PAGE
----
The Economic Impact of How We Vote
Because it’s an election year, we are being presented with false narratives, political messages that are little more that glittering generalities, and statements made to strike an ideological nerve or instill fear if the opponent is elected.
Democrats are not immune from these criticisms. Senator Warren proudly claimed that she is a capitalist, while failing to acknowledge that our economic system is now referred to as a “mixed” economy. Bernie Sanders acknowledges being a Democratic Socialist, and while he has many policy positions that appeal to liberals and young voters, he has never explained how his socialist leaning dovetail with a “mixed” economy.
Republicans, and more specifically, Donald Trump, have repeatedly claimed that the radical left will destroy the economy by leading us down the destructive road know as socialism, citing countries like the former Soviet Union, Cuba or Venezuela as proof. But it’s an election year, so these things are to be expected. The truth, as we’ll explain, is much more mundane, but the consequences of how we vote will have a serious impact on various segments of society.
When we talk about a “mixed” economy, which is exactly what our economy is, we’re talking about an economy with a significant public sector. In 2019, federal spending was more than 20 percent of GDP, with state and local spending be just shy of 17 percent of GDP, which means the 37 percent of our GDP is determined by forces outside what we typically think of as a market economy where supply and demand determines price and output.
But the pubic-private distinction is not as clear cut as you might think. The private sector produces 63 of output at a price in the marketplace, but the ability to afford products, in many cases, is assisted by government aid, for example, food stamps. Likewise, 37 percent of output is provided by the government, but this does not mean that all the goods and services are free, for example, admission to a National Park is many cases come with an entrance fee.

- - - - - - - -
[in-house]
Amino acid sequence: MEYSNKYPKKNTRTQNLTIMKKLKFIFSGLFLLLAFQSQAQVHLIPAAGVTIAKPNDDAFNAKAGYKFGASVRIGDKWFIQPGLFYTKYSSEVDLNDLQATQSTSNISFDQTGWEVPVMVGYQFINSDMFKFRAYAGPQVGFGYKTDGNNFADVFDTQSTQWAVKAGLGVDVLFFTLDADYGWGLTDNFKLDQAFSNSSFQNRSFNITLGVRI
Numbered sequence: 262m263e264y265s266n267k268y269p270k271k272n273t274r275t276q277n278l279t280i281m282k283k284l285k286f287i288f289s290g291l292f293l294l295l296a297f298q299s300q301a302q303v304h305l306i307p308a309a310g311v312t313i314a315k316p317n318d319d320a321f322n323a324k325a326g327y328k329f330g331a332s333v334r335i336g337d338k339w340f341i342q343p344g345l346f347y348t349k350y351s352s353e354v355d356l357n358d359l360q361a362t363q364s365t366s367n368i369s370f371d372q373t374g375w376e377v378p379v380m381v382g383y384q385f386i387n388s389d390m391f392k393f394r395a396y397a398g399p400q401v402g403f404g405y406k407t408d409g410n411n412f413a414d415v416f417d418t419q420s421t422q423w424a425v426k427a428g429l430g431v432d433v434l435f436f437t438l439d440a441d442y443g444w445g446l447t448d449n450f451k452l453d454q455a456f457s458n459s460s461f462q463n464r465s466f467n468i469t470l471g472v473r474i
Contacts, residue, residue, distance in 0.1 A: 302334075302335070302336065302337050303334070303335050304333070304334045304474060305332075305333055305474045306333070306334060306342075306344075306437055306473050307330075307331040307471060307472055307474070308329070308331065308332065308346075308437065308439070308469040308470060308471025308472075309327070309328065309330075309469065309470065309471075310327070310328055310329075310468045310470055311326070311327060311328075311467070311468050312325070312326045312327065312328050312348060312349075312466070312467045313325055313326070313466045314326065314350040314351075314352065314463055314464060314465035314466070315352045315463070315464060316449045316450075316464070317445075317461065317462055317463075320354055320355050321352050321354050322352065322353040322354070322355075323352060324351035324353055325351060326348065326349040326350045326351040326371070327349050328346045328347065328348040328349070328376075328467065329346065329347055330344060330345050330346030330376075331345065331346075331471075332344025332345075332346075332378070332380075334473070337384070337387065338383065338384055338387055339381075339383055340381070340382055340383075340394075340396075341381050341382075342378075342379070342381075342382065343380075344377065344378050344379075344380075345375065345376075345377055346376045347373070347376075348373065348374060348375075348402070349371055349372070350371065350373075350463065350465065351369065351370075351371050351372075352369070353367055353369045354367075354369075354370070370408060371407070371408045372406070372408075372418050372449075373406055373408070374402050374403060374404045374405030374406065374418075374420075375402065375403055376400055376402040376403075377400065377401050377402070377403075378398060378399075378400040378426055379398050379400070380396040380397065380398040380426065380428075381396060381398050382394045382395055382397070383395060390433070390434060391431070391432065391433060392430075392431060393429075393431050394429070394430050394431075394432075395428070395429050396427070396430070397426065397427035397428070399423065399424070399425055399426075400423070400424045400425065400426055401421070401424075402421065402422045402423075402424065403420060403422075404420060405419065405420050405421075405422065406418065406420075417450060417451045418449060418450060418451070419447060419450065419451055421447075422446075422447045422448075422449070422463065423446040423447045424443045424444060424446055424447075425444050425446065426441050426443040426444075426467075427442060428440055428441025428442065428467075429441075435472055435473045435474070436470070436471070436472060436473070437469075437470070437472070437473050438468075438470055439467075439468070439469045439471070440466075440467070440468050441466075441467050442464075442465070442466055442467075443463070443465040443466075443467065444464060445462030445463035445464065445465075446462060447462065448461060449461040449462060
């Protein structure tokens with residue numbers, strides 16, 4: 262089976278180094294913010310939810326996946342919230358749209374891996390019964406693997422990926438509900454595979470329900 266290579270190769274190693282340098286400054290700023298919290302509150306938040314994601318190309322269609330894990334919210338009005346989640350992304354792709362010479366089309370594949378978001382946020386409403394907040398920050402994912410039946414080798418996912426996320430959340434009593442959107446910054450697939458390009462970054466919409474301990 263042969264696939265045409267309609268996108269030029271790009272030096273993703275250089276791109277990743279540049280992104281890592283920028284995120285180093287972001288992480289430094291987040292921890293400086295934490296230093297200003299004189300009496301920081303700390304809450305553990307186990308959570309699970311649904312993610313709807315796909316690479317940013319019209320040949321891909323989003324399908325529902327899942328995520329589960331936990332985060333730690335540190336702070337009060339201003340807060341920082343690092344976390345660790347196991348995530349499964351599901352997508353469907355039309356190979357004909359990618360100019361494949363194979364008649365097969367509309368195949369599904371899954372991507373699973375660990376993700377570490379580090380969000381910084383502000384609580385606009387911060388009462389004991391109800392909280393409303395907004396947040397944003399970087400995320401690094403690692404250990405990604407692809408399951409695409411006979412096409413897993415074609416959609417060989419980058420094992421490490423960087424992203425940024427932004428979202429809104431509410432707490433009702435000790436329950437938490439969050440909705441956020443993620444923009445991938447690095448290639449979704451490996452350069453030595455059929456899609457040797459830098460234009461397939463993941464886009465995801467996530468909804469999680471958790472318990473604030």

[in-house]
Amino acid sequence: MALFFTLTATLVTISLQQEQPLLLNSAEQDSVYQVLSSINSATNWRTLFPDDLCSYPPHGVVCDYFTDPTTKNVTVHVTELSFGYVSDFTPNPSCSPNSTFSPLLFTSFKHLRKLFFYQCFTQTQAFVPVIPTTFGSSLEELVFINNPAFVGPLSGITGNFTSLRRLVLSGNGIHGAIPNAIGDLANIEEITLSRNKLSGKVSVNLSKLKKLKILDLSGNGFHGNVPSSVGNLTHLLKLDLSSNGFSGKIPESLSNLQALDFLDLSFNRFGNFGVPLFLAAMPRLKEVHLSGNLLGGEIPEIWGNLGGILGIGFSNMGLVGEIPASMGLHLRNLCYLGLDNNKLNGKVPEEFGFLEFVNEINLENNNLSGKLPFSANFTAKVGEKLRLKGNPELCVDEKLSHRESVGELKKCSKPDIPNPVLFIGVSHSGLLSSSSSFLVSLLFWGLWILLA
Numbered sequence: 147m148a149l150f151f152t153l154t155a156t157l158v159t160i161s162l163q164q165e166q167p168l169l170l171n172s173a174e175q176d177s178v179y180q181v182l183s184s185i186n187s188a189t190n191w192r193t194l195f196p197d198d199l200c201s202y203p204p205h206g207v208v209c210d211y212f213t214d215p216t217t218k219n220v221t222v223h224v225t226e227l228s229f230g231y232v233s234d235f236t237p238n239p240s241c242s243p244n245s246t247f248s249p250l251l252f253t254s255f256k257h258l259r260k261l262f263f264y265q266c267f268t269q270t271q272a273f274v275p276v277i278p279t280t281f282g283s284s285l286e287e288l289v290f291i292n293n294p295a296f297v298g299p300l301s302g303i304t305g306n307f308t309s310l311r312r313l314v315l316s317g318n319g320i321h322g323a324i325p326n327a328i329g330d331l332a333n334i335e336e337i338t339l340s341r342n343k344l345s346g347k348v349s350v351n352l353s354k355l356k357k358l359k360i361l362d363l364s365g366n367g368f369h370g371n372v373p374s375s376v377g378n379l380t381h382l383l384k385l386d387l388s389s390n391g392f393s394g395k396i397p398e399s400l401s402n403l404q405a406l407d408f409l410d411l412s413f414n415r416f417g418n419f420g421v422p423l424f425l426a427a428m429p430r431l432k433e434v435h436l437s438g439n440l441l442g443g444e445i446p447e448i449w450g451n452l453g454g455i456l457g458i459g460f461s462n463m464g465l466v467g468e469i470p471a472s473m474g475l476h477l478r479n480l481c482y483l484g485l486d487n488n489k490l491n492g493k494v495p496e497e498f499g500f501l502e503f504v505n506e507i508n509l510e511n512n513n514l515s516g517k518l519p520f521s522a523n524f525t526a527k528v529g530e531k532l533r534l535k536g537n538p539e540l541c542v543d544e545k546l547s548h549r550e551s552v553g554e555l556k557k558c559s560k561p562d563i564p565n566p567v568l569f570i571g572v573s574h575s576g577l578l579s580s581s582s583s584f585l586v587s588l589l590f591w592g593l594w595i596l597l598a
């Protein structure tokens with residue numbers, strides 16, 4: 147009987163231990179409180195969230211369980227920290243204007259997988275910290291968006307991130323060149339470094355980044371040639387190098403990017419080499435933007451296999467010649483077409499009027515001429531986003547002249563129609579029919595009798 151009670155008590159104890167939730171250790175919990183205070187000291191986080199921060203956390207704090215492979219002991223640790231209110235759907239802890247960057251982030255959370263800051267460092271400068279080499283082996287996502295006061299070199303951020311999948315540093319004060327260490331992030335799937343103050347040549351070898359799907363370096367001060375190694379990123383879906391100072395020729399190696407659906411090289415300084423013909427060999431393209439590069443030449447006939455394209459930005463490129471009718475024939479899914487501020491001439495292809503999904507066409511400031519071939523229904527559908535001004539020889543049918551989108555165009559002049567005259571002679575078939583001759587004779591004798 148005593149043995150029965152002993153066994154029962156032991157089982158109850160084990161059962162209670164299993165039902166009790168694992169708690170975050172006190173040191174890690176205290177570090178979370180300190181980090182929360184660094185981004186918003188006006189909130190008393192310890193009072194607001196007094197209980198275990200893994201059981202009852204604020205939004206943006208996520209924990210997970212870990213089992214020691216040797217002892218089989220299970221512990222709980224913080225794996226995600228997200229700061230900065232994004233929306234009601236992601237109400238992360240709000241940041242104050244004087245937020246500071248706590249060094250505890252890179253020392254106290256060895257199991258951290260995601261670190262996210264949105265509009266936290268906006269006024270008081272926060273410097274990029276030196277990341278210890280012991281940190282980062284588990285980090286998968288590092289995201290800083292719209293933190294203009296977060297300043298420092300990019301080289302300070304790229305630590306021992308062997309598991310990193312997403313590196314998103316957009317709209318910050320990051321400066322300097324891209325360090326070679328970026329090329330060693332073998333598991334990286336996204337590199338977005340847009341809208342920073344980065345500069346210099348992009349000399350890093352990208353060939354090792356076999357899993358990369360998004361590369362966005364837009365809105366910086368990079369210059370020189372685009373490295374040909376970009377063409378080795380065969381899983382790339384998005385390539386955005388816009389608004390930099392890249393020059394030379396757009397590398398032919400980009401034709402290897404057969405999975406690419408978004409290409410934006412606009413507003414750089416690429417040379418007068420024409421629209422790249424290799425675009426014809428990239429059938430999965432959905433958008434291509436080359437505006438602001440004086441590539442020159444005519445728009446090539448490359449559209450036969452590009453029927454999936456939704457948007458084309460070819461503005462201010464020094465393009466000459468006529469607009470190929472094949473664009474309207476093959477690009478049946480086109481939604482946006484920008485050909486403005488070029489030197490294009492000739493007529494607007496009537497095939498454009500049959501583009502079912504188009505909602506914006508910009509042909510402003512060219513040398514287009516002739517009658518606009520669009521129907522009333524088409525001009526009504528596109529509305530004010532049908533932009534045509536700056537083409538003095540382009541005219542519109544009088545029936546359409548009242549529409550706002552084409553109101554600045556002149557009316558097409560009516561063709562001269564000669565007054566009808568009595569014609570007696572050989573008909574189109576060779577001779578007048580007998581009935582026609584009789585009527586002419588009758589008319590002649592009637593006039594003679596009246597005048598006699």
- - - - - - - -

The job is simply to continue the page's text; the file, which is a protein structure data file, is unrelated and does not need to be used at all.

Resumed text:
In the US, there is a bias in favor of privately produced goods and services at the expense of those provided by government. But the inadequate provision of publically provided or funded goods or services is inefficient, limiting our capacity to produce and unnecessarily harming many families. This election will give us the ability to correct some of the problems that an “over reliance” on goods and services produced by the private sector creates.
Starting in 2010, the majority of workers in the US labor force have been female. But, this past Thursday it was reported that more than 800 thousand women have dropped out of the labor force, compared to just 200 thousand men. The reason for the disparity in dropout rates was due to a lack of available childcare. For female headed families dropping out of the labor force is the biggest single contributing factor to family poverty.
In 2018, the poverty rate in the US was 11 percent, but for female-headed families of color, the poverty rate was more than 31 percent. In Denmark, where the government funds 75 percent of the cost of child care, it’s unusual for a child growing up not to have been enrolled in some form of childcare, and as a result, the poverty rate in Denmark is a fraction of what it is in the US.
In the US, according to the Kaiser Family Foundation, 49 percent of Americans have an employer provided insurance, which leaves them vulnerable when unemployment causes them to lose their health insurance. Twenty-three percent of home foreclosures are due to unmanageable medical bills, with some studies showing that 62 percent of bankruptcies are caused by medical issues. A public option, currently not available under the Affordable Care Act, would give families the option of staying with private insurance carriers or moving to the public sector.
What these two examples highlight are not that the US needs to eliminate private insurance or move to government run daycare centers, rather they make clear that we are not doing enough to provide support for families who have children or families who have medical costs that are unaffordable. A larger public presence in the economy is not a repudiation of the private marketplace, but an acknowledgment that many families are not thriving under our current economic arrangement.
The election will give the nation a vote, a voice, on how we want to move forward. As we mentioned in the past, a nation with its own currency, and significant idle resources, has no economic constraints on what it can provide its citizens. November’s vote could improve the economic outlook for many families for years to come.